An urgent new action plan has been developed in an effort to keep Aberdeen City Council’s “dedicated” European workforce amid mounting Brexit uncertainty.
A report to next week’s city growth committee reveals that some 4.75% of the local authority’s staff hail from EU countries.
Excluding Irish nationals, who are unaffected, that means 3.8% of the authority’s workforce will now need to apply for residency.
And there have been concerns that following the UK’s leave vote, there could be an exodus of important staff, including teachers and social workers.
In December, it emerged that 333 European workers had already quit their jobs at Aberdeen City Council since the Brexit vote in 2016.
Across the city, 13.4% of Aberdeen’s residents are from other EU countries, illustrating its multicultural makeup.
Under the council’s new plan, a new “creative” recruitment campaign would be launched to refill the roles and, where short-term “critical” shortages are found, overtime for existing employees may be needed.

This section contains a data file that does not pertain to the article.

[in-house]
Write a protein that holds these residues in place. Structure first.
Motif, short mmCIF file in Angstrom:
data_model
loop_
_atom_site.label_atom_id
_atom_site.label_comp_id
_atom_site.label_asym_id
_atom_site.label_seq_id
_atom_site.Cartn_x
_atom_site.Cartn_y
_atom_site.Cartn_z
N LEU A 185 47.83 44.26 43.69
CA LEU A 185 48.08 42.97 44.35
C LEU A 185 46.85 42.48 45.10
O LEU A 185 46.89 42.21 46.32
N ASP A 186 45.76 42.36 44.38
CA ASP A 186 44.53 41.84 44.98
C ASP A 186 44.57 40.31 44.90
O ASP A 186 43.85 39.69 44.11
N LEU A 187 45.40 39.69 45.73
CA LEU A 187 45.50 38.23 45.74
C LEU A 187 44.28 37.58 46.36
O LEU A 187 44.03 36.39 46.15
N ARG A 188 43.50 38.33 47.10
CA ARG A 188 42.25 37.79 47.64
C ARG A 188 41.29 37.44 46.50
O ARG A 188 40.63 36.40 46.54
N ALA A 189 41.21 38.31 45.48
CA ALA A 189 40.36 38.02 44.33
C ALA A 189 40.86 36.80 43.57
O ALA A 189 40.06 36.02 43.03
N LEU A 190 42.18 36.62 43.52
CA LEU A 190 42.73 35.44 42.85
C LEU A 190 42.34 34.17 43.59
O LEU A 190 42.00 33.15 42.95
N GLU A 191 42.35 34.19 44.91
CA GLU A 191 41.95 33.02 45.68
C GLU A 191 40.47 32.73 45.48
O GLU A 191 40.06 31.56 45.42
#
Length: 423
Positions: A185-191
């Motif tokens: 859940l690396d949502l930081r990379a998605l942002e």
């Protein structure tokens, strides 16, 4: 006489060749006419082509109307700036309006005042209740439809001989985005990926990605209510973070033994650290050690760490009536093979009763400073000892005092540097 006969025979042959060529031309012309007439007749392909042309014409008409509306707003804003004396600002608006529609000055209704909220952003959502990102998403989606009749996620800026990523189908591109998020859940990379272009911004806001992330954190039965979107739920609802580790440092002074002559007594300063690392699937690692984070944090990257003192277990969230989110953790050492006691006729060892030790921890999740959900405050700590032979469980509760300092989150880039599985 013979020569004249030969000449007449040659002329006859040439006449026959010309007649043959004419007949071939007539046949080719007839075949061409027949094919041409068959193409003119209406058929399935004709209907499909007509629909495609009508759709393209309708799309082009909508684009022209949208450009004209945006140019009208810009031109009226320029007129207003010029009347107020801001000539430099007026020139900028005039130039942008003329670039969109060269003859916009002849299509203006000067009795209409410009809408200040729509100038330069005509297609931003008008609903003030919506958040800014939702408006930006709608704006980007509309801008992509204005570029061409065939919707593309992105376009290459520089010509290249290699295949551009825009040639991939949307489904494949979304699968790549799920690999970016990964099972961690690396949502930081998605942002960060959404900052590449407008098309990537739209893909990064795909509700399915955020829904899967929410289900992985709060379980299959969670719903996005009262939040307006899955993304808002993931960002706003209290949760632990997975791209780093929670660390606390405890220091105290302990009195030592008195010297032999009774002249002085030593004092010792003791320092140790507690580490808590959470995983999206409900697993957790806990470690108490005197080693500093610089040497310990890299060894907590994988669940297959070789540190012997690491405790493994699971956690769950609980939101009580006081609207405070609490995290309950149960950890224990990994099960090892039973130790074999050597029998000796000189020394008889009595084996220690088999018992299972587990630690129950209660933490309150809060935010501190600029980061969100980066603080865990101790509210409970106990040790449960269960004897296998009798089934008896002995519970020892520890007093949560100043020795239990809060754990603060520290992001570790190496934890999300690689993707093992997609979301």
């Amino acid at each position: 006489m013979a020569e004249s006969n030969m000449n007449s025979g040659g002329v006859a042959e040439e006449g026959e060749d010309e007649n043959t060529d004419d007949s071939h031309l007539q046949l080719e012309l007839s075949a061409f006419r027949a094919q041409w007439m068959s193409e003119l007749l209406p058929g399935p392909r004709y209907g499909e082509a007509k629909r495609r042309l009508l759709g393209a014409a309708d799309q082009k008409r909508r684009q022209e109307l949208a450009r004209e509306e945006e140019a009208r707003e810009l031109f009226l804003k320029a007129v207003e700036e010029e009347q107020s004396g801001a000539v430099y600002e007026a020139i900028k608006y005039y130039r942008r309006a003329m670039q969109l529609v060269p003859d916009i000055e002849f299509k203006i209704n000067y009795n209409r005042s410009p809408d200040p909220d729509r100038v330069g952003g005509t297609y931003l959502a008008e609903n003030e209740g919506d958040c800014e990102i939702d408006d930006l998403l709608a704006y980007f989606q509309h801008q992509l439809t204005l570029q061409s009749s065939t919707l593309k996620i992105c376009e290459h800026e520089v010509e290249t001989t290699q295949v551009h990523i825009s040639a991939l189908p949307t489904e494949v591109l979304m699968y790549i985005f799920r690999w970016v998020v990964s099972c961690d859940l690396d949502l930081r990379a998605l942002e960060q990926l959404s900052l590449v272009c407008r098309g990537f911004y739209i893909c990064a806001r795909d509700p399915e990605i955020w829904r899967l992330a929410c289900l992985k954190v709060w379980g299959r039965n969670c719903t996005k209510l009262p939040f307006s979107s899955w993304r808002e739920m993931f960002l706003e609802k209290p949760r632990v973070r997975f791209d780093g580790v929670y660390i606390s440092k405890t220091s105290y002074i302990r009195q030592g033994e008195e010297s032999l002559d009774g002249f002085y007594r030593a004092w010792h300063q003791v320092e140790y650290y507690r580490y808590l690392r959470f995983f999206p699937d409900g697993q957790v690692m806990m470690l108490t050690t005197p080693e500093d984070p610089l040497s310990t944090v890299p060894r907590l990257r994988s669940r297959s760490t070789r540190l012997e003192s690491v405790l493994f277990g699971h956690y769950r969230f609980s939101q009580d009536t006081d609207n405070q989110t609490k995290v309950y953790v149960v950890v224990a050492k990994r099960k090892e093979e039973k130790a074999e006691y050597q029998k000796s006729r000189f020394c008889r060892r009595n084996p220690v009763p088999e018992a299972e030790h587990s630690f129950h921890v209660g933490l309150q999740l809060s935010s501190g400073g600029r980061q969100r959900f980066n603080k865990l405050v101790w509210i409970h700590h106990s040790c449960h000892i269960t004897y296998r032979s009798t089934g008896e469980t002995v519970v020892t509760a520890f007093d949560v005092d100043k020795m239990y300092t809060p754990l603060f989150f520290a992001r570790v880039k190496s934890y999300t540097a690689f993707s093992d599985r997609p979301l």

The report reads: “It is very difficult to comprehensively predict the workforce implications of EU Exit.
“It is dependent on whether the UK leaves the EU with or without an agreement and the content and wider impacts of any such agreement.
“There are still open questions about the expected shape of the labour market, employment law and immigration policy and the length and operation of any transitional period.”
The report does, however, add that “The risk of employees leaving the UK in the short-term at least, as a result of EU Exit, is considered to be a much lower risk scenario than originally envisaged”.
Council co-leader Douglas Lumsden said: “All of our employees are assets to the council and the people they serve.
“As part of the impact assessment, our officers have brought forward a risk and mitigation register on certain scenarios depending on the agreement the UK reaches with the European Union on Brexit.”
Opposition SNP group leader Stephen Flynn said: “This council report paints an incredibly worrying picture as key staff members, including teachers, are likely to be impacted by the nonsensical decision of the Tories to drag Scotland out of the EU.
“There have been numerous examples of the settled status scheme failing at its most basic level and, on a personal level, I think it’s disgusting that any council employee or otherwise should be forced to register to stay in the city, and country, they have made their home.”